Cancer and Dignity

This part is difficult to talk about, but I did promise honesty.  If you want to leave yourself with a more dignified or romantic idea of me in your mind, you probably don't want to read this bit.


 I have come very suddenly to a condition that is not only painful, but excruciatingly humiliating - of the two, the humiliating lack of dignity and privacy is much more difficult for me to deal with than the pain.  The people here are lovely and kind, but that gives me no relief, no privacy, no dignity.  To know that things are only going to get worse instead of better is horrible.  

They don't talk about this sort of thing in movies.  They don't warn you about this sort of thing in the doctors' offices, either.  You expect pain, you sort of know that you are going to end up wearing adult diapers - you know you are  going to end up being wiped up a bit on occasion, that you might end up wetting your bed.  I cried the first time I stood in the middle of the kitchen, unable to stop the little flood of fluid that poured and spread across the floor.  

Cancer does not care about your dignity.  

When you have cancer, you end up having to take all sorts of medications, many of which are constipating.  So you have to take laxatives and/or stimulants to make sure that you have at least one bowel movement a day, or things get very uncomfortable very quickly.  Keeping track of that sort of thing is a pain, but it's better than the alternative...

When you have the kind of cancer that causes paralyzation and numbness, things get worse.  You can't feel what is happening, and you don't have the muscle power to get what is down there out on your own.  You have to take medicines that soften things as much as possible - both oral meds and the sort that require other people to physically interfere.  And then when you sit on the commode, people have to physically interfere again.

There are all sorts of concerns in this situation.  First of all, of course this is a very intimate and humiliating sort of process.  And you don't get a choice about who performs this service for you - you take who you can get, which for a woman means that sometimes this involves strange men. It is difficult to be brought to a state of infantile dependence on other people for such an intimate process.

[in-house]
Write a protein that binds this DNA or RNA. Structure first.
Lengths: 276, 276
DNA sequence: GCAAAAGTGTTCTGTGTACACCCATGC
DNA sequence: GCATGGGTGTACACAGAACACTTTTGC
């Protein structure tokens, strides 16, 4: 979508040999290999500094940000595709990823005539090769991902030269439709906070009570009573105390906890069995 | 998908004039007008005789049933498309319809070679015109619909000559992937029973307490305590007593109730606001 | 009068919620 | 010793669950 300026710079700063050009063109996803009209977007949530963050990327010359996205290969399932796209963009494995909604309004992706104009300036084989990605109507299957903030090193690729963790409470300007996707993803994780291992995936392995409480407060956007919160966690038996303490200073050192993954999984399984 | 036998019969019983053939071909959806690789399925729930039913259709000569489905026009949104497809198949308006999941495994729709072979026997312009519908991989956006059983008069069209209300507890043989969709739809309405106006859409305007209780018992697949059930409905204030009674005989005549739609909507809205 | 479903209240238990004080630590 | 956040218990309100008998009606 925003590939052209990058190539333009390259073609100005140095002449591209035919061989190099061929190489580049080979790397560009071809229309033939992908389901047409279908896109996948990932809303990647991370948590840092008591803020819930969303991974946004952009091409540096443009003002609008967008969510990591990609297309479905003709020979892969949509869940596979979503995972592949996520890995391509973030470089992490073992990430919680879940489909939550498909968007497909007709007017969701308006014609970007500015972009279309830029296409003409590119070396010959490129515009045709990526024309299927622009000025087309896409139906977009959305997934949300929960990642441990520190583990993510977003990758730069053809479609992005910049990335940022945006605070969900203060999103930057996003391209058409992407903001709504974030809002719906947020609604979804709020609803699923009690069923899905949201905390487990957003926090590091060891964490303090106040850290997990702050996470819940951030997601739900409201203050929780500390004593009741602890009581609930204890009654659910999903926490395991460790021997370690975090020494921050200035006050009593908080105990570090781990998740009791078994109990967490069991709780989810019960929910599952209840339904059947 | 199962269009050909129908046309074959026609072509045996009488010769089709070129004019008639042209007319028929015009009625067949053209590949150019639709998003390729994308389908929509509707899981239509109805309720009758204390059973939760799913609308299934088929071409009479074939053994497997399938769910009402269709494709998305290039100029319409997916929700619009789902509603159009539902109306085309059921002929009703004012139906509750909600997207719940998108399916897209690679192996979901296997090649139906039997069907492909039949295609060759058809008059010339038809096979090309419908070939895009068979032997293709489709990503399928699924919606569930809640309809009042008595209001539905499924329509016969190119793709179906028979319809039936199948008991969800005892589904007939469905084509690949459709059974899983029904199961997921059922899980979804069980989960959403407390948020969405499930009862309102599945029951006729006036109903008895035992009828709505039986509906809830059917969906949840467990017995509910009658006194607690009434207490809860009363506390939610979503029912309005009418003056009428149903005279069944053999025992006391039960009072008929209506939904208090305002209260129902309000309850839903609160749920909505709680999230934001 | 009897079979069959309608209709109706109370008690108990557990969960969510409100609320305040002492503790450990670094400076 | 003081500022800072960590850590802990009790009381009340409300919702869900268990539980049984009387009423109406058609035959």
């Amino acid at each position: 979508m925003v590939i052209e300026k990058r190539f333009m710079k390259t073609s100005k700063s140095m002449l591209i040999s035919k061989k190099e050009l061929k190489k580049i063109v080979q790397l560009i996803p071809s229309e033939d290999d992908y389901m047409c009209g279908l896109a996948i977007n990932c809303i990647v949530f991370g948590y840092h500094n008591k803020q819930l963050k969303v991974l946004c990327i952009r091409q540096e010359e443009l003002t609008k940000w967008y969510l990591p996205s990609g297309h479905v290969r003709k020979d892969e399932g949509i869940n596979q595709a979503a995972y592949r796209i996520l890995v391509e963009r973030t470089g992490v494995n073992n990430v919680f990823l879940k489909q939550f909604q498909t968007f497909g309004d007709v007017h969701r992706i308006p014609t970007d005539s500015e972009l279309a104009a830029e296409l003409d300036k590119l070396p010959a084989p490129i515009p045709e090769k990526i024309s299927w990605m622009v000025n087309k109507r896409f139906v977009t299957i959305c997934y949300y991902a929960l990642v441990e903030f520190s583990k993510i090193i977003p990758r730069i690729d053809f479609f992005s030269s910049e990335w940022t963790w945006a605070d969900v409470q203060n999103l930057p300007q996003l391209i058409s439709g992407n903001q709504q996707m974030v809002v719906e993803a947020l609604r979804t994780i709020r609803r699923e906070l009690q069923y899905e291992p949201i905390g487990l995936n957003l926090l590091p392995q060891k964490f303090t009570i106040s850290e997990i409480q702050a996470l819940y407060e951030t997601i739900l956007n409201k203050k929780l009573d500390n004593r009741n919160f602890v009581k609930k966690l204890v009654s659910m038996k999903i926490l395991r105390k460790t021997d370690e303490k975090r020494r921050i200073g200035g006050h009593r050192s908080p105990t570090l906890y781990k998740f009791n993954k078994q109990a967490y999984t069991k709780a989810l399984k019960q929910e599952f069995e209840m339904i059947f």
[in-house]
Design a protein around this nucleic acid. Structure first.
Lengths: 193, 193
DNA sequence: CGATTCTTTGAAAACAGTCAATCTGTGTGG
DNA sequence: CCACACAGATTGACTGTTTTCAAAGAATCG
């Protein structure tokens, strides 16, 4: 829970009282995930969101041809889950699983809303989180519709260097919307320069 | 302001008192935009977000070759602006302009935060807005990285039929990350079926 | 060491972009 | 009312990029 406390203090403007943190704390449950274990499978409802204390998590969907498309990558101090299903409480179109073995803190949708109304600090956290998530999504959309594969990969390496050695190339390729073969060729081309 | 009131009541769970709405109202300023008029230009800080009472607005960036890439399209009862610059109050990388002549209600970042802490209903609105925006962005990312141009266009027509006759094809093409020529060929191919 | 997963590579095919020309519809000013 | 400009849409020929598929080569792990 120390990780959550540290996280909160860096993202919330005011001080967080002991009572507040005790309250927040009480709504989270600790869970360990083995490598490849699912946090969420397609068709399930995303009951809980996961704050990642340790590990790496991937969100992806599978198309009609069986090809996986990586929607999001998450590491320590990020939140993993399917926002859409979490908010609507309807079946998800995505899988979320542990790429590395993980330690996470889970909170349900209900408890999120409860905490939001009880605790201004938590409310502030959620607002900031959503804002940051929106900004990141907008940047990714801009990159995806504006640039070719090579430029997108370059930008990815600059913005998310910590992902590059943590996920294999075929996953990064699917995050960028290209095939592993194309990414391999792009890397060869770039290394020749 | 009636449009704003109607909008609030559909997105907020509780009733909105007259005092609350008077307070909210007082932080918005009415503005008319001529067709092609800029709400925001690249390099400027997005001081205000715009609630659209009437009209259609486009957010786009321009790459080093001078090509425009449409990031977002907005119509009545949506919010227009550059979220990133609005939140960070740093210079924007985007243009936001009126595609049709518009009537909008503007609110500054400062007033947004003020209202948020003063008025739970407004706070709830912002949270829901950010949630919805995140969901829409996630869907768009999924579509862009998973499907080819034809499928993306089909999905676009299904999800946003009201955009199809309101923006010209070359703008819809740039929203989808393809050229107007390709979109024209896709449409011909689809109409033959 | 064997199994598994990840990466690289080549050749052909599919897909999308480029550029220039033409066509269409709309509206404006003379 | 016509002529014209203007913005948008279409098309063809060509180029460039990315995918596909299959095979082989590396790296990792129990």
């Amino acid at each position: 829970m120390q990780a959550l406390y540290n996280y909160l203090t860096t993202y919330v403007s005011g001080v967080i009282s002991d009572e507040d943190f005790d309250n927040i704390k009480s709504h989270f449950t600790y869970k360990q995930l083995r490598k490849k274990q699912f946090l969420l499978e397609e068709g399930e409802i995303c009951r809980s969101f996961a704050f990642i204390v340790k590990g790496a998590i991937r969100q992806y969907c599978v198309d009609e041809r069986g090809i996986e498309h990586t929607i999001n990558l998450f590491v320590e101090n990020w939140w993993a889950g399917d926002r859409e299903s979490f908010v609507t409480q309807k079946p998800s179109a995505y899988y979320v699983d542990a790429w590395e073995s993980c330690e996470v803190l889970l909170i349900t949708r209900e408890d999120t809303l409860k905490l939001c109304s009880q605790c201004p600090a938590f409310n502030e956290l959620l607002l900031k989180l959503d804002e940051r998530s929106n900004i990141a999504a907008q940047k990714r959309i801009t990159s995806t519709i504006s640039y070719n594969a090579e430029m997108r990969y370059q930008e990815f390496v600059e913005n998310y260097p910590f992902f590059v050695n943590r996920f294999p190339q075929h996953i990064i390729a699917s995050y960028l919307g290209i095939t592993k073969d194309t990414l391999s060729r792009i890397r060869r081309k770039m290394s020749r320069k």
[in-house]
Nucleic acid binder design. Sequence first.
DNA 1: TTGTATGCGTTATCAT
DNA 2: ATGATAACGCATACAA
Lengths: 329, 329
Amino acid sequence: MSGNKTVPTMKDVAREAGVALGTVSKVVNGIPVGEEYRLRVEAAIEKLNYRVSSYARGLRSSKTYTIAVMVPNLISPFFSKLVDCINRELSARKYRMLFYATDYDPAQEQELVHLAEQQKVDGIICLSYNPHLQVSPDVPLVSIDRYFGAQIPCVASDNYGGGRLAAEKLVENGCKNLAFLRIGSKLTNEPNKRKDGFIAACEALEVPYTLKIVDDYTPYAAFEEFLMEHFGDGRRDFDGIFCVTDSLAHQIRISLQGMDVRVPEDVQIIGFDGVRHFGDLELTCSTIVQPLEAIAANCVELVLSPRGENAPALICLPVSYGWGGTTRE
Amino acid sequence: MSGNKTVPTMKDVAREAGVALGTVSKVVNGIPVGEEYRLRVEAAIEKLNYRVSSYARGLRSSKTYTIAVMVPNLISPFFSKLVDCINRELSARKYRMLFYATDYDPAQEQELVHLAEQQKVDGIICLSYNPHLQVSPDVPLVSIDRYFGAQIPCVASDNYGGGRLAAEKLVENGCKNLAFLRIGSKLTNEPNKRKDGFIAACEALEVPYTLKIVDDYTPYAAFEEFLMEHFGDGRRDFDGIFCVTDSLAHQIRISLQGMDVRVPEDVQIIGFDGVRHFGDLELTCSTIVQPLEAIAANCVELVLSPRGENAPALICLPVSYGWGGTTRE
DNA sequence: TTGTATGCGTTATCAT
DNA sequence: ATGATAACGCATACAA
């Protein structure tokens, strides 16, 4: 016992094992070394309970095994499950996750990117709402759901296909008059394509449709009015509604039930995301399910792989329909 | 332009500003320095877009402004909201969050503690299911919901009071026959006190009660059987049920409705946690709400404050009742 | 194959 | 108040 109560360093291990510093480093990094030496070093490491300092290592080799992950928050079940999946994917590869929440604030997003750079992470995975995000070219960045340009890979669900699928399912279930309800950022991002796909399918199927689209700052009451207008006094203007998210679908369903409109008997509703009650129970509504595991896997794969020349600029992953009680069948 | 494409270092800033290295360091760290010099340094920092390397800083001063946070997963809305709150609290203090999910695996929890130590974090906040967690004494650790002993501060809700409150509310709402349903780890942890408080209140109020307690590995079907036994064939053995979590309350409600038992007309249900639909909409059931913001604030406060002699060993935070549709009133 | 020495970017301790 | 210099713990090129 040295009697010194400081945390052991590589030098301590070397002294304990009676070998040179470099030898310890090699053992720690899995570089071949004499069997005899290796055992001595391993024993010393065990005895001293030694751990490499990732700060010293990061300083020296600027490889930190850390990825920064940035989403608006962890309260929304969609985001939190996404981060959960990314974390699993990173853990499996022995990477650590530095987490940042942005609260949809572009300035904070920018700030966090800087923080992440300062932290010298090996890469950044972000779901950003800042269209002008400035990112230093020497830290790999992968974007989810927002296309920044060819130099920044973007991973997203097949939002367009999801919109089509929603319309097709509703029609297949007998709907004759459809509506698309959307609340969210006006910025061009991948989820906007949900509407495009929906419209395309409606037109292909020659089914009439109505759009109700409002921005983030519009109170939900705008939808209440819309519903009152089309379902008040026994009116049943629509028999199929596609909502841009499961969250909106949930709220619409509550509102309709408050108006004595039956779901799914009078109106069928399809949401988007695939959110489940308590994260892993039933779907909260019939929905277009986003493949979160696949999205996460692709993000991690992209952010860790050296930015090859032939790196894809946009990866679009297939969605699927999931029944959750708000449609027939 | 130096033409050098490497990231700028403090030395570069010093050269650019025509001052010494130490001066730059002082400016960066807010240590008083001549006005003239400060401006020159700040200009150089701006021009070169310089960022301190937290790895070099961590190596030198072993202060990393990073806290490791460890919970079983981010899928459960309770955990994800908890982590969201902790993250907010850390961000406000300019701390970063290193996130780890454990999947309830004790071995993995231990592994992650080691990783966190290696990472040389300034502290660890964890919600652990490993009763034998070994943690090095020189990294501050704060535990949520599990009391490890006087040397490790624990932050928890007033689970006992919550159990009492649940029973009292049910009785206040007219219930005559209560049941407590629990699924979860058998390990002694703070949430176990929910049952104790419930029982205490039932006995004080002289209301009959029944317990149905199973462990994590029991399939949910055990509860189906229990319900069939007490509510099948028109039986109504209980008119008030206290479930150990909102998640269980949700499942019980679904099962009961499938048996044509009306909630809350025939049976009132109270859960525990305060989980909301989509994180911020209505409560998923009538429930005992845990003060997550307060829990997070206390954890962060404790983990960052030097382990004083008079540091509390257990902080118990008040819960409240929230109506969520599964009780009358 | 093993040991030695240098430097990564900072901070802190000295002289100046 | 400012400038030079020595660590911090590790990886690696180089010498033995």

Cancer does not care about your privacy.

In order to use the commode, especially if you are paralyzed and cannot get to it on your own, you have to be hoisted by a lift, which has to be managed by at least two people.  The process is physically painful, as they end up having to use slings and straps to lift you up and set you down, which presses your limbs all together tightly as you are hoisted through the air, and your clothes get bunched up under you and have to be pulled out from around you in order to get them out of the way when you are on the pot.  This pulling about is painful and humiliating in and of itself, but not as bad as the next part, which requires these relative strangers to physically assist in either insertion or abstraction of material - and yes, finally I have reached the point of Too Much Information and I will pull a merciful curtain on that particular issue, relying on your imagination to fill in the details.  

But the fact is that at that point you often end up having to wait for minutes or many hours for meds to do their job.  There's no nice schedule to let you know when urgency is going to hit.  So first of all, you are dependent on your helpers to show up with a lift, which then takes time and a lot of fussing around to get you up and on to the commode, and it might be too late to prevent a mess by that time.  And then the process itself, and the cleaning up, might take a great deal of time, might need to be repeated a short time later, etc.  Which means that all visitors need to be shoo'd out of the room, and of course they know what is going on, and it's very inconvenient for them and for you.  Not to mention humiliating and painful.  

Cancer does not care about your pain.


Thandi said...

Thank you for opening up this part of the journey to the uninformed. I am INTENSELY private, I can't even be naked around women-including my own mother.I hated it when my first born's (male)pediatrician was there for his birth. For women (and men)to have to go through this indignity is just one more thing wrong about cancer. Thank you for giving me something else to think about. I wish no-one had to go through this :-(

Delighted Hands said...

You did promise to to talk about all of this........the loss of privacy is painful. I am sorry you have to know this!